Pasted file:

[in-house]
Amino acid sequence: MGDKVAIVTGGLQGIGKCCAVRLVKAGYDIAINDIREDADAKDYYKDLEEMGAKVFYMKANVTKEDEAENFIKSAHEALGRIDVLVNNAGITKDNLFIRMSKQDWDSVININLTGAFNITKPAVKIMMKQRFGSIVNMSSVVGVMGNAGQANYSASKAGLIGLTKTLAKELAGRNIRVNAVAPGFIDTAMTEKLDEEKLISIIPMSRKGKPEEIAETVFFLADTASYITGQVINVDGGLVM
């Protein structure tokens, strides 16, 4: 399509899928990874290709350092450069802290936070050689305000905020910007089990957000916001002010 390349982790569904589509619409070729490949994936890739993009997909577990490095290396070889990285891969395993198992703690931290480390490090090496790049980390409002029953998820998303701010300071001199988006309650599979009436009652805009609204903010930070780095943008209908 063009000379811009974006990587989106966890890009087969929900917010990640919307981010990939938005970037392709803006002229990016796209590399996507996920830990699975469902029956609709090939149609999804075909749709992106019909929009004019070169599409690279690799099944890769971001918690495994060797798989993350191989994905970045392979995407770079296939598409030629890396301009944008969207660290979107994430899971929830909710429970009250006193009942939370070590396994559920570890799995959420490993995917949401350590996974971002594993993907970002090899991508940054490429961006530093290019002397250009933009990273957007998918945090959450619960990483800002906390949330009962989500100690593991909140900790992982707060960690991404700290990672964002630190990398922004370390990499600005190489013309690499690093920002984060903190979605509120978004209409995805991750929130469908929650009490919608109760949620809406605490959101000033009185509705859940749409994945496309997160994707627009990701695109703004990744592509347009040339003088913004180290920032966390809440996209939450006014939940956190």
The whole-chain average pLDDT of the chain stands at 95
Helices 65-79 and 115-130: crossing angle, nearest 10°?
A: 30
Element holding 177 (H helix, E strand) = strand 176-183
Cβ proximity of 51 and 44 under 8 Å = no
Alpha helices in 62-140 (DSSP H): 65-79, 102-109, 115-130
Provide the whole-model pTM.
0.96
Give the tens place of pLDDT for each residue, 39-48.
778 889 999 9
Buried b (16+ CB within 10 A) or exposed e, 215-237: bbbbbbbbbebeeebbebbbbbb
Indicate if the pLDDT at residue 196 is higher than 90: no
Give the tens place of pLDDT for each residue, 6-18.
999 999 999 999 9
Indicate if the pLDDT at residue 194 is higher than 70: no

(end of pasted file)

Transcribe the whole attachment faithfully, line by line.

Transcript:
[in-house]
Amino acid sequence: MGDKVAIVTGGLQGIGKCCAVRLVKAGYDIAINDIREDADAKDYYKDLEEMGAKVFYMKANVTKEDEAENFIKSAHEALGRIDVLVNNAGITKDNLFIRMSKQDWDSVININLTGAFNITKPAVKIMMKQRFGSIVNMSSVVGVMGNAGQANYSASKAGLIGLTKTLAKELAGRNIRVNAVAPGFIDTAMTEKLDEEKLISIIPMSRKGKPEEIAETVFFLADTASYITGQVINVDGGLVM
């Protein structure tokens, strides 16, 4: 399509899928990874290709350092450069802290936070050689305000905020910007089990957000916001002010 390349982790569904589509619409070729490949994936890739993009997909577990490095290396070889990285891969395993198992703690931290480390490090090496790049980390409002029953998820998303701010300071001199988006309650599979009436009652805009609204903010930070780095943008209908 063009000379811009974006990587989106966890890009087969929900917010990640919307981010990939938005970037392709803006002229990016796209590399996507996920830990699975469902029956609709090939149609999804075909749709992106019909929009004019070169599409690279690799099944890769971001918690495994060797798989993350191989994905970045392979995407770079296939598409030629890396301009944008969207660290979107994430899971929830909710429970009250006193009942939370070590396994559920570890799995959420490993995917949401350590996974971002594993993907970002090899991508940054490429961006530093290019002397250009933009990273957007998918945090959450619960990483800002906390949330009962989500100690593991909140900790992982707060960690991404700290990672964002630190990398922004370390990499600005190489013309690499690093920002984060903190979605509120978004209409995805991750929130469908929650009490919608109760949620809406605490959101000033009185509705859940749409994945496309997160994707627009990701695109703004990744592509347009040339003088913004180290920032966390809440996209939450006014939940956190």
The whole-chain average pLDDT of the chain stands at 95
Helices 65-79 and 115-130: crossing angle, nearest 10°?
A: 30
Element holding 177 (H helix, E strand) = strand 176-183
Cβ proximity of 51 and 44 under 8 Å = no
Alpha helices in 62-140 (DSSP H): 65-79, 102-109, 115-130
Provide the whole-model pTM.
0.96
Give the tens place of pLDDT for each residue, 39-48.
778 889 999 9
Buried b (16+ CB within 10 A) or exposed e, 215-237: bbbbbbbbbebeeebbebbbbbb
Indicate if the pLDDT at residue 196 is higher than 90: no
Give the tens place of pLDDT for each residue, 6-18.
999 999 999 999 9
Indicate if the pLDDT at residue 194 is higher than 70: no